Please don't PM me! Email only!

Bob Japundza CFI A&PIA
N9187P PA-24-260B Comanche, flying
N678X F1 Rocket, under const.
N244BJ RV-6 "victim of SNF tornado" 1200+ hrs, rebuilding
N8155F C150 flying
N7925P PA-24-250 Comanche, restoring
Not a thing I own is stock.
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Old 08-23-2012, 06:23 PM
BobTurner BobTurner is offline
Join Date: Dec 2011
Location: Livermore, CA
Posts: 7,858

A pilot friend was having trouble, feeling queezy, during instrument training. He bought (I think around $70) a device ("Relief Band"?) which looks like a wrist watch, but actually stimulates a wrist nerve with a small electrical current. He swears by it! Apparently doesn't work for everyone, but does work for some. has them:

Another thing you might try is to let him fly. I never feel sick when I fly, but if I'm in the right seat I can only take so many spins or lazy eights before I need to call a halt. I think many people are like this: drivers seldom get car sick, but passengers do. Not looking outside (e.g., reading a book) seems to make it worse for many people.
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Old 08-23-2012, 06:26 PM
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rvbuilder2002 rvbuilder2002 is offline
Join Date: Jul 2005
Location: Hubbard Oregon
Posts: 9,666

Don't be overly discouraged, this is rather common.
The majority of people can over come this over time. I personally know a couple people that had severe problems but worked through it (though neather of them did it as a child)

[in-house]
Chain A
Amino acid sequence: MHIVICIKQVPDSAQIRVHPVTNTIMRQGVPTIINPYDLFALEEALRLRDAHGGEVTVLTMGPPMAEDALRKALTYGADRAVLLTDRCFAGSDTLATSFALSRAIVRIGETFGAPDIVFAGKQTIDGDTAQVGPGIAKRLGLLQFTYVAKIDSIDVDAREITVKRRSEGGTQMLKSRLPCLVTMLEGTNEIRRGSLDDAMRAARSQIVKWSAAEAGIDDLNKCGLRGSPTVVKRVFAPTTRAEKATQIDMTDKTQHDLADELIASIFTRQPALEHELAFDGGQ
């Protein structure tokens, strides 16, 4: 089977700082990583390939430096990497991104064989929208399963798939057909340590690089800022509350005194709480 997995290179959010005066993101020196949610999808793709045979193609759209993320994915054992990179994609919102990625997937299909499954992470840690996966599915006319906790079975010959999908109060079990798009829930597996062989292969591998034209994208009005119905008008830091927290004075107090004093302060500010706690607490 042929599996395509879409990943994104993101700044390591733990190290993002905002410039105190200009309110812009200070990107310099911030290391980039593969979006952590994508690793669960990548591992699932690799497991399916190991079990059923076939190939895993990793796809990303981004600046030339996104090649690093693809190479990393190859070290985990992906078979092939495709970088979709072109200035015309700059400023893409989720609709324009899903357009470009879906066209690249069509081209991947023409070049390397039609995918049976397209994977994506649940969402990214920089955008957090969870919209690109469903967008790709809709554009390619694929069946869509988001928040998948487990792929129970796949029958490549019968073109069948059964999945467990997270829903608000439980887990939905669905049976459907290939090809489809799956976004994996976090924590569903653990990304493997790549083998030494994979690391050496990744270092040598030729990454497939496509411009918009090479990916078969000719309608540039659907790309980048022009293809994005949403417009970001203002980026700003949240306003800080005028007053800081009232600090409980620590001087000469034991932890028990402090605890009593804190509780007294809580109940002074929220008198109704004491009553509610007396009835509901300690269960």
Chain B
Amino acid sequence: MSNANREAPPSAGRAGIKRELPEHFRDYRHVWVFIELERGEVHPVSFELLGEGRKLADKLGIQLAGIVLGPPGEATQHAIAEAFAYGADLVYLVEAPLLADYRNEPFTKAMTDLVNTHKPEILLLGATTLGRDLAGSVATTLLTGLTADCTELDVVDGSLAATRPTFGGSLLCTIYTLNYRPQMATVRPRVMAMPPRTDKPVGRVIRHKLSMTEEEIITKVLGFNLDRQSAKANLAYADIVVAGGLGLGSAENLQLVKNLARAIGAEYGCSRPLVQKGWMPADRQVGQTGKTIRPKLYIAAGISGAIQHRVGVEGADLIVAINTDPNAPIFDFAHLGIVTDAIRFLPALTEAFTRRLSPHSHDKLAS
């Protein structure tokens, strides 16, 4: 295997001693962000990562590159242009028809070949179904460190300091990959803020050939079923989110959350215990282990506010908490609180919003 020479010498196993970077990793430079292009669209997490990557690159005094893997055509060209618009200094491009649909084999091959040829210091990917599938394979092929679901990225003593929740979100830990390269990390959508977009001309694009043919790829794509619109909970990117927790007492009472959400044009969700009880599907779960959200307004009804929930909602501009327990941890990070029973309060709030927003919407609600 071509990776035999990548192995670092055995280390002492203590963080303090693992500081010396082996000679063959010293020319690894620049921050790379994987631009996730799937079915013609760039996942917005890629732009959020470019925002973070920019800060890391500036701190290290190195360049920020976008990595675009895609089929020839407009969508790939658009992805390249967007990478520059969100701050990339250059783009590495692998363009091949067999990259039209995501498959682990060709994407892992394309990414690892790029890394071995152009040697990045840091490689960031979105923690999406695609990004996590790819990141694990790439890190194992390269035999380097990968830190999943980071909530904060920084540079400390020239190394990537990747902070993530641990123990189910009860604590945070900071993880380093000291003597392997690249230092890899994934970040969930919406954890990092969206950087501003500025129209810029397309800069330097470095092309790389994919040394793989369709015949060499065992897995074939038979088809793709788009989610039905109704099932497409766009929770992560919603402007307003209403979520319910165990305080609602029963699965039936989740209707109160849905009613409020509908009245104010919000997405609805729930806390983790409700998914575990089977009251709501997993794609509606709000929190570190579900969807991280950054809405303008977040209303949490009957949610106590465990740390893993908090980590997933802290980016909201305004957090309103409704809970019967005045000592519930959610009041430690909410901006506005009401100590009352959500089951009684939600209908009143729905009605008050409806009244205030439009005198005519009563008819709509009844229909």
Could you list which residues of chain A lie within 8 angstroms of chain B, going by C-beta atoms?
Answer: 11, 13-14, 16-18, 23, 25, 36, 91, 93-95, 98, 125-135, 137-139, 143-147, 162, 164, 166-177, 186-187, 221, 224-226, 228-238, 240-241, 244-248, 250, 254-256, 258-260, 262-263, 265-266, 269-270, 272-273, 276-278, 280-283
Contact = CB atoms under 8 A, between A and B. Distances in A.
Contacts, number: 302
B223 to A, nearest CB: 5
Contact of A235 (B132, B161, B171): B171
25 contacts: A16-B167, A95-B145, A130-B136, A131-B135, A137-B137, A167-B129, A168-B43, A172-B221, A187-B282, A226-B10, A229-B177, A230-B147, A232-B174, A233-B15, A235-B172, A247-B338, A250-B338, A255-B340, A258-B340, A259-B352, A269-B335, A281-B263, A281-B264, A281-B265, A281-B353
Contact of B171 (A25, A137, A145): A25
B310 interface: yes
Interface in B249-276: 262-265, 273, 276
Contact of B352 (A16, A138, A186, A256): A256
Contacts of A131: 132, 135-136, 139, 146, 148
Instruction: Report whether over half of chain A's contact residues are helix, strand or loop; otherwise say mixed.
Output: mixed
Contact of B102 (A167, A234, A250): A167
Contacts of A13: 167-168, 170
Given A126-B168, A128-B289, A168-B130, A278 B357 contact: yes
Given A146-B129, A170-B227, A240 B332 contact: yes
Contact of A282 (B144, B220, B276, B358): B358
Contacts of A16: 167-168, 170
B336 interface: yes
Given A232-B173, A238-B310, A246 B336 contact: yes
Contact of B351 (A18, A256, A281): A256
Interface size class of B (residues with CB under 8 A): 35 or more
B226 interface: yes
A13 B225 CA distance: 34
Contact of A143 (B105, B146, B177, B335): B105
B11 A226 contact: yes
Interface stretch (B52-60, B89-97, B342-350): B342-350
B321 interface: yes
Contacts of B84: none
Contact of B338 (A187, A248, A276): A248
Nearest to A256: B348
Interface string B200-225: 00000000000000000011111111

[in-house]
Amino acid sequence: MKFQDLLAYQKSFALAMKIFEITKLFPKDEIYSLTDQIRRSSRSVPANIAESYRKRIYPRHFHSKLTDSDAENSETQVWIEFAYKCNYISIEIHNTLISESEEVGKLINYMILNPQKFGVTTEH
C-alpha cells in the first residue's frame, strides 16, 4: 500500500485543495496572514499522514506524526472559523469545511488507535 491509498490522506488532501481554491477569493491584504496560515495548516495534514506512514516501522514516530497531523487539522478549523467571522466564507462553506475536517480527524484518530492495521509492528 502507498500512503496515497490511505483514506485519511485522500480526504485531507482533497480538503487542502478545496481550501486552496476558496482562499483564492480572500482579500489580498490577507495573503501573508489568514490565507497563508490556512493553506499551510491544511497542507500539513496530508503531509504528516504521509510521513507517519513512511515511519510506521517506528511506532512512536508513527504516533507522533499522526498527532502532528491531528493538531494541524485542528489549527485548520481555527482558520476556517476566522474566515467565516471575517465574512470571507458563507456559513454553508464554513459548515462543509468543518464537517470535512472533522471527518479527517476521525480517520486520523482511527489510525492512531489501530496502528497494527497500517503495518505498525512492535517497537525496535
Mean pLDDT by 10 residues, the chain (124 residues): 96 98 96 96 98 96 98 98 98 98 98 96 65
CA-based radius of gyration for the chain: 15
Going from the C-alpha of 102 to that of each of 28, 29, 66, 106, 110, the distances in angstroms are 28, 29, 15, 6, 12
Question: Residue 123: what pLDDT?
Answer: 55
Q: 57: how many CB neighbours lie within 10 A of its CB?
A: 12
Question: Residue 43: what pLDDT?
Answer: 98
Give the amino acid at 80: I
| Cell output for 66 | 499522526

A couple of things I would recommend...

Make sure he is seated high enough that he can see well... directly out the front if possible.

Take short flights... head directly back to the airport at his first sensation of feeling bad (it may require some flights just around the pattern, and work up from there).

Try and only fly when it is most likely to be smooth air (early morning, late evening, stable air mass, etc.)

Begin teaching him, and get him flying the airplane as soon as possible (based on his comfort and confidence level). A person is much more tolerant of the sensations produced by maneuvering flight if they are causing them to happen them self. This will help him acclimate to it more quickly.

Most importantly, do not force it. Let him go at his own pace, but I am fairly confident that if he has the airplane bug as bad as you say, he will be able to over come this.
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Old 08-23-2012, 06:31 PM
DaAV8R DaAV8R is offline
Join Date: Jul 2009
Location: Lee's Summit, MO
Posts: 749
Default Kids motion sickness

Can he see outside? The kids need to be elevated to a point that allows them the same sight line an adult would have sitting in the same seat. This went along way in eliminating issues with my kids.